Metis History

Some Metis History

The Asham Stompers embody an unparalleled level of energy as a dynamic Metis dance group on a mission. Rooted in a commitment to recapturing and preserving the rich history of the Metis people, our performances center around the iconic RED RIVER JIG. Originating in the early 1800s at the confluence of the Forks of the Red and Assiniboine Rivers, this dance was crafted to attract fur traders into the first Metis Colony for fur trading.

The European Exploration and the eventual settlement of Canada began with the fur trade. The merchants of New France were the first to realize its potential riches, but their traditional English enemies were not far behind. It was the English who first organized the fur trade after the Hudson Bay Company received its royal charter in 1670 which granted it sole trading privileges to the vast area which drained into the Hudson Bay. In the next few years the Company built trading posts around the shores of Hudson Bay. The most important of these was York Factory, established in 1682. Here Company ships came each summer from England, bringing trade goods and supplies and returning with rich cargo of furs for sale in Europe.

Such a cold climate demanded warm human relations and within a few brief years officers of the Hudson Bay Company were eagerly taking Native wives. By 1763, the majority of the HBC’s employees were of “mixed blood”. This new class of people, “Half-breeds” as they were called, inherited unexpected new skills (European AND Native) necessary for the fur trade. In fact the fur trade could not have been carried out without the Company’s acquisition of the traditional skills of the Native women. The Native wives made pemmican which the Voyagers could live on for months without any other food supplement. They also made snowshoes and made and repaired canoes which were of course vital to the fur trade. Today, all Canadians of Native and European descent proudly call themselves Métis. These Métis people were the first to journey into the interior. The formation of the province of Manitoba was largely a Métis achievement.

The Red River Settlement (now the City of Winnipeg) was founded at the junction of the Red and Assiniboine Rivers in 1812. Indeed most of the important historical events concerning the fur trade happened in or near the Red River Settlement. The Red River colony was unique. For years, the settlers at the Red River were virtually isolated from the outside world. In order to attract men from the remote posts with their dog trains laden with goods to trade at the Company store the settlers engaged in lively parties which often lasted all night. The Scots and the Métis both had a long tradition of dancing and considered it a perfect way to cheer up winter evenings. One onlooker reported:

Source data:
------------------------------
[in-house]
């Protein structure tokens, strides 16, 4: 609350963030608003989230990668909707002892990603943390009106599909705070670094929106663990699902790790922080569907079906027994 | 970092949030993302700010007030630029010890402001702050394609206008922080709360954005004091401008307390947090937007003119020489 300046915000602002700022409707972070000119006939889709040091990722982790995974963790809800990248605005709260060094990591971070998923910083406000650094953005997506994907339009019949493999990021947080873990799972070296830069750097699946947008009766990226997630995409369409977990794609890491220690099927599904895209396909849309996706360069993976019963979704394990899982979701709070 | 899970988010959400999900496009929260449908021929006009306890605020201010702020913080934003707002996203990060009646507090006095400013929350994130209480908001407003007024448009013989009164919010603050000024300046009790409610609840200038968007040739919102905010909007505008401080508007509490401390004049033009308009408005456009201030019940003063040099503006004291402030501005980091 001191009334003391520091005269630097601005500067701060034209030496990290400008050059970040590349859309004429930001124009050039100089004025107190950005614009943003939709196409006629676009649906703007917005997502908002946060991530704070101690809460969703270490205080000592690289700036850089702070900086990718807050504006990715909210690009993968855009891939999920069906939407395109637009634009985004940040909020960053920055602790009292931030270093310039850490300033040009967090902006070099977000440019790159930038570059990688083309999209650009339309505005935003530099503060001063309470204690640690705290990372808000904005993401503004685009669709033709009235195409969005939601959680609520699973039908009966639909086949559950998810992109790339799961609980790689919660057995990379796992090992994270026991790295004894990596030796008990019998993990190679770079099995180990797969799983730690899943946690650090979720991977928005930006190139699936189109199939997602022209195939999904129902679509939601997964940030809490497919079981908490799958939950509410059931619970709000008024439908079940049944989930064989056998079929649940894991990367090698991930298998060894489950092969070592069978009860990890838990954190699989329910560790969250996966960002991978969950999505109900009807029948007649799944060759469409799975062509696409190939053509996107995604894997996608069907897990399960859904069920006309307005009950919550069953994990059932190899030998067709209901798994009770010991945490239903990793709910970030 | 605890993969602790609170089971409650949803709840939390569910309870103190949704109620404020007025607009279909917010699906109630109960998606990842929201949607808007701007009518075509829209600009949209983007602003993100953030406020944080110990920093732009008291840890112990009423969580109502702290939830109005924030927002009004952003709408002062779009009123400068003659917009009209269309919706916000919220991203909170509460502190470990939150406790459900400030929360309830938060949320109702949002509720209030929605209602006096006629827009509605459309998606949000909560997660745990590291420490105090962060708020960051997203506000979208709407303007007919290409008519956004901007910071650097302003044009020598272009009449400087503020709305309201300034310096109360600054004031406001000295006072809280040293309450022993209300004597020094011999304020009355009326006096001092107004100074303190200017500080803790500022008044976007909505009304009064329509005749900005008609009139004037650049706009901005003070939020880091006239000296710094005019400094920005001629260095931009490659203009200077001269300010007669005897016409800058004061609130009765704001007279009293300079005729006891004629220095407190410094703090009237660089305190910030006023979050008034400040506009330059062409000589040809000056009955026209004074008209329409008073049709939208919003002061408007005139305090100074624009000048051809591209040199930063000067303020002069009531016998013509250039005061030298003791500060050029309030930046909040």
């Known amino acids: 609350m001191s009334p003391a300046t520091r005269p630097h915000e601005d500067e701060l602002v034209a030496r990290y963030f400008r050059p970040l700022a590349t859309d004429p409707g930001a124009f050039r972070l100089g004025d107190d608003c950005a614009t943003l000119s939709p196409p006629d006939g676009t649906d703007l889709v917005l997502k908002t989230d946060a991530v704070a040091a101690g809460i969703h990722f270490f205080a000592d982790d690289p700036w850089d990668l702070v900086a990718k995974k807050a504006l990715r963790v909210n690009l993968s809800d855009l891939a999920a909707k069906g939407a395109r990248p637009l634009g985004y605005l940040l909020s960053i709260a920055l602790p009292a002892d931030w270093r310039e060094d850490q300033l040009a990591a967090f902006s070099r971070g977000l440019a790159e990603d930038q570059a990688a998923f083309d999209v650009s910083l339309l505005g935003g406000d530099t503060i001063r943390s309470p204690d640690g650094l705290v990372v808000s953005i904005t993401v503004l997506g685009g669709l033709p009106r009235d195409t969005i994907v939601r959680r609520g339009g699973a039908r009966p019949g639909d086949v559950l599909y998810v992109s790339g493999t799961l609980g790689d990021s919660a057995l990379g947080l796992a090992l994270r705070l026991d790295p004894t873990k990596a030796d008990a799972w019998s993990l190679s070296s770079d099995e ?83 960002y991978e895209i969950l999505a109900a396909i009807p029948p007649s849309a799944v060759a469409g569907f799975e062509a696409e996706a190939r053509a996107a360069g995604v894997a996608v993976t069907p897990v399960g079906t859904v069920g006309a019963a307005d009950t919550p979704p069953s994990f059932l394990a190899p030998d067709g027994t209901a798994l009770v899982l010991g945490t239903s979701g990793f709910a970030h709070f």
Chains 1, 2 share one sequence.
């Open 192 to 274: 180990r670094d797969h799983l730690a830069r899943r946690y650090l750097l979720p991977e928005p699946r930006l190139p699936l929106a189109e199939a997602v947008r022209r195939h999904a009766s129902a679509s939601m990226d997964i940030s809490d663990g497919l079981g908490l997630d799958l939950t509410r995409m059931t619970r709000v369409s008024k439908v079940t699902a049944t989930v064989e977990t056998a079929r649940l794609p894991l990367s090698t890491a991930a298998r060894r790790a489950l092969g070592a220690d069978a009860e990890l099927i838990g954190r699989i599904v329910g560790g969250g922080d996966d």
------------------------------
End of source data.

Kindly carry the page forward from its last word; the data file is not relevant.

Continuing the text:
“Jigs, reels, and quadrilles were danced in rapid succession, fresh dancers taking the place of those on the floor every two or three moments. A black-eyed beauty and a strapping Bois Brule would jump up on the floor and out do their predecessor in figure and velocity and above the thumps of the dancers’ heels and the frequent Ho! Ho! Were the loud laughter of the crowd and the fiddle-shrieks of trembling strings as if the devil were at the bow. It was not uncommon for a dancer to wear out a pair of moccasins in one evening. The festivities continued till dawn when the fiddlers and dancers were all exhausted.”

From 1822 to 1869 Red River was the home to this rich cultural mix of people who, on a whole, lived in harmony with each other. Said one resident of the Red River, “There is hardly a lock and key, bolt or bar, on any dwelling house, barn or store amongst us and our windows are … without any shutters. We are all like one family.”

As the number of settlers increased however the Métis found themselves unable to adjust to the settled life of farming and moved westward toward Portage La Prairie and smaller communities in an attempt to recreate their traditional lifestyle.